Africa and her animals (Pretoria: Unisa Press, 2018)

Africa and her animals
Philosophical and Practical Perspectives

Edited by Rainer Ebert & Anteneh Roba, and published by the University of South Africa (UNISA) Press

With a foreword by J. M. Coetzee,
the 2003 Nobel Laureate in Literature

ISBN 978-1-86888-900-6
xxi + 358 pages

Continue reading “Africa and her animals (Pretoria: Unisa Press, 2018)”

Professor Tom Regan: An Introduction to Animal Rights

This presentation by Professor Tom Regan (North Carolina State University, USA) was recorded at the University of Heidelberg in Germany on May 24, 2006. It is a great resource for the classroom and anybody with an interest in animal ethics.

Abstract. Philosopher Tom Regan begins by contrasting the fact that many people make a firm distinction between the animals they live with (cats and dogs, for example) and other animals. He explains how it is that Animal Rights Advocates (ARAs) extend the same sense of compassion and respect that they feel for companion animals, on the one hand, to the other animals who routinely are turned into food, clothing, and the like, on the other. Not all ARAs, he explains, arrive at this destination in the same way. In particular, some need to be convinced; some need a logical argument. Professor Regan accepts this challenge and invites others to consider the main factual and moral questions whose answers inform the conviction that animals have rights.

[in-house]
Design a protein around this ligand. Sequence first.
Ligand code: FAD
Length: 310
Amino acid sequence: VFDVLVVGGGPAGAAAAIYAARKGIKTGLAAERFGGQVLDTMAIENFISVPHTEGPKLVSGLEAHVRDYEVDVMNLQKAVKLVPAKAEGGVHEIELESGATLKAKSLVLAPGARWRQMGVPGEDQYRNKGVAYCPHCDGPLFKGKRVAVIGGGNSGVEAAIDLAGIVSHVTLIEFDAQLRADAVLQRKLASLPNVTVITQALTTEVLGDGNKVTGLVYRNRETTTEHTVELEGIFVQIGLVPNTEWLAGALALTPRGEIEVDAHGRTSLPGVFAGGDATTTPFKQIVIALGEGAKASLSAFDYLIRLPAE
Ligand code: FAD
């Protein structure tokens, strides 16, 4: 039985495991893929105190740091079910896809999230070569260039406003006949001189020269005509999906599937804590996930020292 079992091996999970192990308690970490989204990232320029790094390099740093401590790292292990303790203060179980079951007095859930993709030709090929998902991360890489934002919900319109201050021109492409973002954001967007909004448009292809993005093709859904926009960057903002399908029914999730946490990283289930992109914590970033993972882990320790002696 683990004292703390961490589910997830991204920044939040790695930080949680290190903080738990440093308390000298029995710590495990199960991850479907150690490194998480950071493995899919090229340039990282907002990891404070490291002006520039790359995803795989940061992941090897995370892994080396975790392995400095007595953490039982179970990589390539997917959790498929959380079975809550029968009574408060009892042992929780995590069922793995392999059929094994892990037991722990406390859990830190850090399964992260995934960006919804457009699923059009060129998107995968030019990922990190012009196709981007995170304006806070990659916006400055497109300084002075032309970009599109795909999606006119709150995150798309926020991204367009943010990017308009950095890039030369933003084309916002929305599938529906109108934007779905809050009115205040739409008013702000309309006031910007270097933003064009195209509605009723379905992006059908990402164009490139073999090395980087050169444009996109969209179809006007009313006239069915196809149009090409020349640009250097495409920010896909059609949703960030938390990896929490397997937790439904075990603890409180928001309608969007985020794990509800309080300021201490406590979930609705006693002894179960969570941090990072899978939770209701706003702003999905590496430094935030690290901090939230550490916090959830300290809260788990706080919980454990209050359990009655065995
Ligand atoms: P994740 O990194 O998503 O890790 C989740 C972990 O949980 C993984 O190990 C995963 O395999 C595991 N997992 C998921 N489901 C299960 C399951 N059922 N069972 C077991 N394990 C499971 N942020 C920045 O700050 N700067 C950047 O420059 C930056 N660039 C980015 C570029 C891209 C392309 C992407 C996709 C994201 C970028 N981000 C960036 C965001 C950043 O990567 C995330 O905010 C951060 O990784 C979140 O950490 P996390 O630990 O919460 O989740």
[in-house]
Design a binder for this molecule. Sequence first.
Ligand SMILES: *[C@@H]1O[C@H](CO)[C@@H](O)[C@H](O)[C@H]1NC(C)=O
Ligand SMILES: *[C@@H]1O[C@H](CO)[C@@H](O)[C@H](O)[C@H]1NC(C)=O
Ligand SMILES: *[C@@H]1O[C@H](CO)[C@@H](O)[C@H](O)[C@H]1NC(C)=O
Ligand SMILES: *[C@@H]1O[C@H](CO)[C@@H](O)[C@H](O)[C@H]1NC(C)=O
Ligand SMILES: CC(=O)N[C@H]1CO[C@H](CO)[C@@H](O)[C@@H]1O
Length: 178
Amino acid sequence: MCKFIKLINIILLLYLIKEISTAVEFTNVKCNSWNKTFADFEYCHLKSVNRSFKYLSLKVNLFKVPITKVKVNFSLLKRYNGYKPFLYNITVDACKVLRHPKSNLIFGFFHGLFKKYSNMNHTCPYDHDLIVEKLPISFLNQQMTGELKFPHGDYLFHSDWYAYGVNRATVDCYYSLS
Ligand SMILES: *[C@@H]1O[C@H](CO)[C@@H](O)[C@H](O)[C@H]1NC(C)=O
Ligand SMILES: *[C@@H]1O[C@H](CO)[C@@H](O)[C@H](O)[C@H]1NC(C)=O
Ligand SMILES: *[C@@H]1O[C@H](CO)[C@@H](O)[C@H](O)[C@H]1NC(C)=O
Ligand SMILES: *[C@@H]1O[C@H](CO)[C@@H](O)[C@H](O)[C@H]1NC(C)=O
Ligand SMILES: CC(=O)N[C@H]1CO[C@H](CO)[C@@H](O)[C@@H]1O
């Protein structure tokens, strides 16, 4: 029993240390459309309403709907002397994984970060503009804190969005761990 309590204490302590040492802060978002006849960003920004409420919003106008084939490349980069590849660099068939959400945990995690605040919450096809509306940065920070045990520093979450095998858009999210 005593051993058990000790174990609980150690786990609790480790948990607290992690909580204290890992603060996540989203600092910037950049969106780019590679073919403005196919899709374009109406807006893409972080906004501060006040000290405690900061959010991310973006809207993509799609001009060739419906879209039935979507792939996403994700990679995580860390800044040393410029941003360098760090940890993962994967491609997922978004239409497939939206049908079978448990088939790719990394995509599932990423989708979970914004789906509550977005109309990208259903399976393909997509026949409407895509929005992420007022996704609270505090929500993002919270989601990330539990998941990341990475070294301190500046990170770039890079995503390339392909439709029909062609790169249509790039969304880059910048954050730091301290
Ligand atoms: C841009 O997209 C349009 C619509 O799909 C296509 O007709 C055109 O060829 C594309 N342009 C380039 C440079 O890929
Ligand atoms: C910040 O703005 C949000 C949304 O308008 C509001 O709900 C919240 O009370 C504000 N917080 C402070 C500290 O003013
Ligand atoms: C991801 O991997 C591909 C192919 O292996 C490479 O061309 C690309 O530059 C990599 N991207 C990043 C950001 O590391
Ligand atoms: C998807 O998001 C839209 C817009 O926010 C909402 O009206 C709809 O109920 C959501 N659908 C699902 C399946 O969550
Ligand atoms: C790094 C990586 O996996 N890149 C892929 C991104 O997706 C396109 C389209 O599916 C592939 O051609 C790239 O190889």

Interview: African Philosophy, and non-human animals

reginald_oduorUniversity of Nairobi’s Reginald M. J. Oduor talks to Anteneh Roba and Rainer Ebert:

Q: Could you please introduce yourself and describe your academic career?

Dr. Oduor: I am a Kenyan, born in 1963 in Eldoret, a town in the Rift Valley. However, my ancestral home is Ugenya, a part of the former Nyanza Province, now part of Siaya County. As I had total visual disability from the age of one, I studied at the Thika School for the Blind up to O-level. I then undertook my A-level studies at Thika High School, a regular boys’ school, where we were only two boys with visual disabilities; yet, the two of us came out top in a class of ninety-five boys. Continue reading “Interview: African Philosophy, and non-human animals”